The youngest of the Kardashian-Jenner clan is expanding her empire with the launch of a new clothing line.
BAREFOOT AND WRAPPED in a robe in a hushed Paris hotel suite, 26-year-old entrepreneur and reality star Kylie Jenner is seated at her altar: a vanity. Her longtime hair and makeup artists—who are also her confidantes—hover around her like discreet, black-garbed hummingbirds, making imperceptible tweaks to her long dark hair and flawless skin. They chime in occasionally, telling me where they ate dinner the night before (pan-Asian restaurant Diep), and where Jenner would like to travel next (Iceland). It’s several hours before she has to be at the Acne fashion show, but for Jenner, getting ready is half, if not the whole, point. While we talk, she peers at her own reflection in the mirror.
Observing a member of the Kardashian-Jenner clan “do glam” is like watching Lindsey Vonn ski or Yo-Yo Ma play the cello. As it did for momager and snatched, the stratospherically famous family popularized glam as both a verb and a noun on its reality shows, first on E!, now Hulu, over 24 total seasons. For matriarch Kris Jenner, her three daughters with the late Robert Kardashian, Kourtney, Kim and Khloé, and her two daughters with ex Caitlin Jenner, Kendall and Kylie (there’s also Robert’s son, Rob), glam means getting your hair and makeup done. But it’s bigger than that: Do glam, be glam, and you’re ready to conquer the world. No one has profited more from the concept of glam than Kylie Jenner, the youngest of the siblings and the creator of a cosmetics empire that has been valued at over $1 billion.
For a makeup mogul, Jenner looks surprisingly bewitching without makeup. And she tells me that look is not as rare as one would think. “I love bare skin and no makeup,” she says. “People think the opposite of me sometimes.”
That misconception might be due to both Jenner’s public persona—vampy, fashion-forward, all lips and hair and curves—as well as her business portfolio. She launched Kylie Lip Kits, later renamed Kylie Cosmetics, in 2015, based around the idea of matching liquid lipstick-and-pencil duos that she couldn’t find on the market. Lip pencil and, she later admitted, lip filler, were ways she augmented her naturally thin lips. She sold a 51 percent stake for $600 million to beauty conglomerate Coty in 2019.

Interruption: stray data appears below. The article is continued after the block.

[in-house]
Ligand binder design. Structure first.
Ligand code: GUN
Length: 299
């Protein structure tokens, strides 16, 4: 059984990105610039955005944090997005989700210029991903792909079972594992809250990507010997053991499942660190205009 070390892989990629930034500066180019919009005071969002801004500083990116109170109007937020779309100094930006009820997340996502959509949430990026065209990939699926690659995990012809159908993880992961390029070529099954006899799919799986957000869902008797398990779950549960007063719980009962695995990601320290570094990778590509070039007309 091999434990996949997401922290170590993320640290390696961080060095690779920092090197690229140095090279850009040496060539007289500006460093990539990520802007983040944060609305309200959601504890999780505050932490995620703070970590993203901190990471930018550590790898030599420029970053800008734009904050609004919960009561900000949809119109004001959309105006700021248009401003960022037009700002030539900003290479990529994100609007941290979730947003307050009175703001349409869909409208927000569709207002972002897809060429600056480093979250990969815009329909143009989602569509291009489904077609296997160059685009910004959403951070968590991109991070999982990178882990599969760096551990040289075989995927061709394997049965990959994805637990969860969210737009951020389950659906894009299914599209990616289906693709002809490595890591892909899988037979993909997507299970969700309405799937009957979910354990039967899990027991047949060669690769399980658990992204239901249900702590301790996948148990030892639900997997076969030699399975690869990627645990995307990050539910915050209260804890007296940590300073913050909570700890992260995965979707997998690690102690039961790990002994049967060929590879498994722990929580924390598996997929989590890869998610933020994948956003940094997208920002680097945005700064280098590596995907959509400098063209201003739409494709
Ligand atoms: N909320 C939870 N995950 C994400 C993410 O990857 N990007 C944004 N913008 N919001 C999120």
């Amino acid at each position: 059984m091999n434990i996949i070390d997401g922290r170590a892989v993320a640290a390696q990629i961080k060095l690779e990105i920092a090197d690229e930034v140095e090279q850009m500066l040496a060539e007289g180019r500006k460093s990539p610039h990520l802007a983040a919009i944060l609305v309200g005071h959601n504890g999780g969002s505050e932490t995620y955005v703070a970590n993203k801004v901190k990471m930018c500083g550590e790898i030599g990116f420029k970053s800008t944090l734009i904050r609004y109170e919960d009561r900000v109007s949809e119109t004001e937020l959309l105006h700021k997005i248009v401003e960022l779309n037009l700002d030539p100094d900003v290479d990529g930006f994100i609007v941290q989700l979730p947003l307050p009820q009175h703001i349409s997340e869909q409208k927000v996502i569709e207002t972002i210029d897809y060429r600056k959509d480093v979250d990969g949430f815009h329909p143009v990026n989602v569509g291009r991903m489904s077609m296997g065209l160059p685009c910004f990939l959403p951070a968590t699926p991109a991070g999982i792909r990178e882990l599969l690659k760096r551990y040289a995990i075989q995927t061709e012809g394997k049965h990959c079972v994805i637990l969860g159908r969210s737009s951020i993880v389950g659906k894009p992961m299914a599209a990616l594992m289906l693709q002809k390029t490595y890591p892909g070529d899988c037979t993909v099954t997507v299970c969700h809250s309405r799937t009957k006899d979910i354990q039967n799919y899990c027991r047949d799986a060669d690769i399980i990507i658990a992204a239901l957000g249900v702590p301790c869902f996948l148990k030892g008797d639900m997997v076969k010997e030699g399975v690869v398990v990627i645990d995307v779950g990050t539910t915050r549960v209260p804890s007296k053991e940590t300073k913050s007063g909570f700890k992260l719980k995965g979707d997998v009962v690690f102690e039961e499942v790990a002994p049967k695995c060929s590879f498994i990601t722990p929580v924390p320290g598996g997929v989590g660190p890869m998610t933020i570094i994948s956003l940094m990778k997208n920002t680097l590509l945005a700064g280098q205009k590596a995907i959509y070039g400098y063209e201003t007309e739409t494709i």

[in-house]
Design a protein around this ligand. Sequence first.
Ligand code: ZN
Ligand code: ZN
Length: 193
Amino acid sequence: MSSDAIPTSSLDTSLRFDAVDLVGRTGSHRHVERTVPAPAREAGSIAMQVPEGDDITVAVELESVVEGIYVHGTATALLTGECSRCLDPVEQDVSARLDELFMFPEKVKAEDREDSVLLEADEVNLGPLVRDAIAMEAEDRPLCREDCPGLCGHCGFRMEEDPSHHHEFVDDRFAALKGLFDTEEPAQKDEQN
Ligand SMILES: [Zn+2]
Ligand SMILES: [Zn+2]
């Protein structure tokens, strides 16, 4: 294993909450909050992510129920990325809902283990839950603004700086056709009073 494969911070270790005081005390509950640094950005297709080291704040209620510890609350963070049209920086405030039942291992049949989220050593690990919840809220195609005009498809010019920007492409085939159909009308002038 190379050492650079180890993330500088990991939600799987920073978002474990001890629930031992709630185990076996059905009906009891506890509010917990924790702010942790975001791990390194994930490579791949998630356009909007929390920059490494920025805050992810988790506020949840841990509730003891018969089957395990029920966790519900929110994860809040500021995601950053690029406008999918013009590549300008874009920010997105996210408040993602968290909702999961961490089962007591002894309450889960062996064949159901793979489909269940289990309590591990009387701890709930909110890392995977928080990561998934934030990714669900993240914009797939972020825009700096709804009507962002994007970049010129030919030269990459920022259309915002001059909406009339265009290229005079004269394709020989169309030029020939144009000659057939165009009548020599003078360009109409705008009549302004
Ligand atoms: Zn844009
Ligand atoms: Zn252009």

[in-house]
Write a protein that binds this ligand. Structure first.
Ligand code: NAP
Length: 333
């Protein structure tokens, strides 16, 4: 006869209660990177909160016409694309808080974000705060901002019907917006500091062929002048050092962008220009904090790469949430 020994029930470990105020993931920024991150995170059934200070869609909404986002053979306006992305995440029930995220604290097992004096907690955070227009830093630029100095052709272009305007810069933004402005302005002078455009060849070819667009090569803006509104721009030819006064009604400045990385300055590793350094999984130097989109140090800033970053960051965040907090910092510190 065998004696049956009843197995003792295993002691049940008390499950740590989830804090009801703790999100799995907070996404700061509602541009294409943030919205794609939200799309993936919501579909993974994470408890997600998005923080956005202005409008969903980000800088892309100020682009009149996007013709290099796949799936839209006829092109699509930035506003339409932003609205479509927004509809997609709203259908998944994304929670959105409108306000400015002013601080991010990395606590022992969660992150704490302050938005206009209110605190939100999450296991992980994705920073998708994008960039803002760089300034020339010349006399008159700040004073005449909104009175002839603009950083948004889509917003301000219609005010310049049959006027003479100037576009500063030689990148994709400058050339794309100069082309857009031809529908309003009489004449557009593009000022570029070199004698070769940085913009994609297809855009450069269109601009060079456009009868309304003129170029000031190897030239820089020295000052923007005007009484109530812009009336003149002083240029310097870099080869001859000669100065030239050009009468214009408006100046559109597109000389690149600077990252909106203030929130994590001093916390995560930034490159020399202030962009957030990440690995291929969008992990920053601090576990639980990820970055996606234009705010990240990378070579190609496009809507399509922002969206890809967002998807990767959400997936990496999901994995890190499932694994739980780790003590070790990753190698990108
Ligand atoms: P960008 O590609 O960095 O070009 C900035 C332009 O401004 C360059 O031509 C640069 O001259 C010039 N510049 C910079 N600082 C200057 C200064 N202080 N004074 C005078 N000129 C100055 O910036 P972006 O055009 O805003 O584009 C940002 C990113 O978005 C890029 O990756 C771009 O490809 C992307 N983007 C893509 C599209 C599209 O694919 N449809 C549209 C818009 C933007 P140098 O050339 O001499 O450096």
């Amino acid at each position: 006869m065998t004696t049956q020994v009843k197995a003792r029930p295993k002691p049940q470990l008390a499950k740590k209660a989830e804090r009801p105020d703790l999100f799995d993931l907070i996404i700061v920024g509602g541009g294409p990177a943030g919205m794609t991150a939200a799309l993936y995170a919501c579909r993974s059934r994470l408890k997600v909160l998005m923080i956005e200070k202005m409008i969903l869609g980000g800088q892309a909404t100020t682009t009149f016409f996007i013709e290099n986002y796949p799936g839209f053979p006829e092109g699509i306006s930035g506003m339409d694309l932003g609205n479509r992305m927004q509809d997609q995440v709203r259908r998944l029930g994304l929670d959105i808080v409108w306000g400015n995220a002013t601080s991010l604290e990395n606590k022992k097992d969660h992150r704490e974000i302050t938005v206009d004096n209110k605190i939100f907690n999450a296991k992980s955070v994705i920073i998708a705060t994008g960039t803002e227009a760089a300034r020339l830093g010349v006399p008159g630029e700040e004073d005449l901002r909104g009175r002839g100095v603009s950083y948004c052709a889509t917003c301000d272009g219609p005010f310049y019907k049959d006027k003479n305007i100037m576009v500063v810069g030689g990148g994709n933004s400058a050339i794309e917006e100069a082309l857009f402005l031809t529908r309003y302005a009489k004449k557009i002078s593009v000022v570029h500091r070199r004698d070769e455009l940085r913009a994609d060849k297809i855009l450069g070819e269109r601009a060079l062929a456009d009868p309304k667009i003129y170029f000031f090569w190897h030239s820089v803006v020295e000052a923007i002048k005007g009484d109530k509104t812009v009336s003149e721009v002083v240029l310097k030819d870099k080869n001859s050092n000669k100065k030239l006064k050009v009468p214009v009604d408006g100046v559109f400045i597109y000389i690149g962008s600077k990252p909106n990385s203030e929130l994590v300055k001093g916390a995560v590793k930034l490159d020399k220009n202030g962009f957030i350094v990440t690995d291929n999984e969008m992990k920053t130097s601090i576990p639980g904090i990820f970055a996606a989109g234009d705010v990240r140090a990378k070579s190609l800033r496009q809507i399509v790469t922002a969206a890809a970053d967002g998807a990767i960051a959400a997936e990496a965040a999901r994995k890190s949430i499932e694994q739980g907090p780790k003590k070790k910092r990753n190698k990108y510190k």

Jenner’s business bona fides and net worth were called into question after she appeared on a Forbes cover in 2018 that said she was “set to be the youngest-ever self-made billionaire.” Critics balked: self-made? The following year, the magazine published an article saying she had reached that milestone, then revoked the title the year after.
Jenner, for her part, says that she has not “inherited a dime” but understands why people responded so strongly. “I had such leverage to start with, coming from this famous family and having such a head start,” she says.
Within a dynasty that has built an enormous fortune based on influence, its youngest member might be the most influential of them all. Jenner is digitally native and naturally experimental—her roughly 400 million Instagram followers outnumber the population of the United States. But TikTok, where she has over 54 million followers, is where she really sizzles, sharing videos of her children, Stormi, 5, and Aire, 1, her morning routine in her palatial bathroom, marches on the treadmill in Alo sets, hangouts in her Lamborghini.
With the launch of a new fashion line, Khy, Kylie Jenner is expanding her business empire. For WSJ. Magazine’s Innovators Issue, she shares the items she’s saving for Stormi and what’s inspiring her from her King Kylie era. Photo: Marius Dahl
Jenner’s rapt audience has shown that it will buy her $35 lip kits, her $27 concealer, her $34 Kylie Baby hair-care set and her $125 Kylie Skin skin-care set. “The earned media value on the audience she’s built and the media coverage that she receives is actually priceless,” says Mae Karwowski, the founder and CEO of New York influencer marketing firm Obviously.
“The Kardashians are touching every industry,” says Karwowski.
Indeed, the family businesses sprawl from Kendall’s tequila brand, 818; to Kim’s shapewear brand, Skims, skin-care line, Skkn by Kim and investment firm, Skky Partners; to Kris’s household-products line, Safely; to Khloé’s inclusive clothing line, Good American. Jenner previously had a mass-market clothing line with her sister, Kendall & Kylie, that was produced under a license. “Their audience comes and follows and spends money and mints them another really successful business,” Karwowski adds.